The language of mystery that emerges so often during the Christmas and Epiphany seasons has to do not with things that are puzzling but with the fact that God deals with us in ways that we cannot predict or expect. ‘Mystery’ doesn’t mean that something makes no sense nor that it is a puzzle to be solved. Mystery refers the hidden depths of God’s good intentions for us. He is working things out for our good in ways that we would not expect and cannot control. We see the mystery of his love in the Nativity and Epiphany of Jesus, but we have scarcely begun to plumb the depth of that love. That’s mystery, and the more you know about God, the more you love him, the deeper the mystery gets.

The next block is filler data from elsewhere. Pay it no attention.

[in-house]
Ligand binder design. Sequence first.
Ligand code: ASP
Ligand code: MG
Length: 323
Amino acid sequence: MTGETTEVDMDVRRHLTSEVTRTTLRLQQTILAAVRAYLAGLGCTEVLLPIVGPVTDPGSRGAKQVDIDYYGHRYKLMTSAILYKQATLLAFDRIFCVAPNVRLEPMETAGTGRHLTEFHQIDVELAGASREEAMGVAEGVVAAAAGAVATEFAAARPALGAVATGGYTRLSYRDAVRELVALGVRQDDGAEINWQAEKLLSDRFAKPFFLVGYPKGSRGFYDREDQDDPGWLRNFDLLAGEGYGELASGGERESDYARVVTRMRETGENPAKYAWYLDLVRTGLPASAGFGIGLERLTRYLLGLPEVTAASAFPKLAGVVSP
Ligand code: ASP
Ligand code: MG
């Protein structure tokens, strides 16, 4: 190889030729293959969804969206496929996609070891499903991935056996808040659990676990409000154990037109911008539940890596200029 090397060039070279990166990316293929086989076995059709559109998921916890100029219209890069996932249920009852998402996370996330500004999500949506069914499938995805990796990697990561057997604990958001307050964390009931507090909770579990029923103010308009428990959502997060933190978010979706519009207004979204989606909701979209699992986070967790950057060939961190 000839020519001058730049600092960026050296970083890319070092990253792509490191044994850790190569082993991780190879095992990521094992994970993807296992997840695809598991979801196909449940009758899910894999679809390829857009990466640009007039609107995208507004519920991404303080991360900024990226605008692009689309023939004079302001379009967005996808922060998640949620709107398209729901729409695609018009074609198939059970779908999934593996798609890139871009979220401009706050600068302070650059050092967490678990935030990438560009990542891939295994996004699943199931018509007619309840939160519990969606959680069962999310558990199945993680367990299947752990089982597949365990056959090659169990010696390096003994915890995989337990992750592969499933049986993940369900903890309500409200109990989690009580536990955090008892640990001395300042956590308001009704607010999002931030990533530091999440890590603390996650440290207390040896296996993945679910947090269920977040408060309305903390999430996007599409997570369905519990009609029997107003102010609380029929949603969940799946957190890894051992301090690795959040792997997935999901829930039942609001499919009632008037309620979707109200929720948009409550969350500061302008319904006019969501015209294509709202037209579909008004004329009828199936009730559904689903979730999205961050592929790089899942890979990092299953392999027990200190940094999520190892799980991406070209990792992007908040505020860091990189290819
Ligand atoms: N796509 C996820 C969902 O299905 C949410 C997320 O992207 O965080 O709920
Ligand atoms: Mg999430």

So in all of this, there is a mighty reassurance for us. If you are a mystery to yourself much of the time – and you probably are – God is there with you. If you are dismayed and distressed by the mystery of iniquity and the often overwhelming corruption of the world, God has been in the midst of it. If you are confused or suffering and your faith is weak, God knows the mystery of your struggles better than you do. If your love lags, His does not. If you can’t explain it all, fear not. If you are dismayed by your own sin and weakness, he comes in weakness to remove your sin.
God makes himself known in the quiet of Bethlehem. The mystery of the Word made flesh is the reality that God loves us and is making his love known and visible in the very mess of human life and history.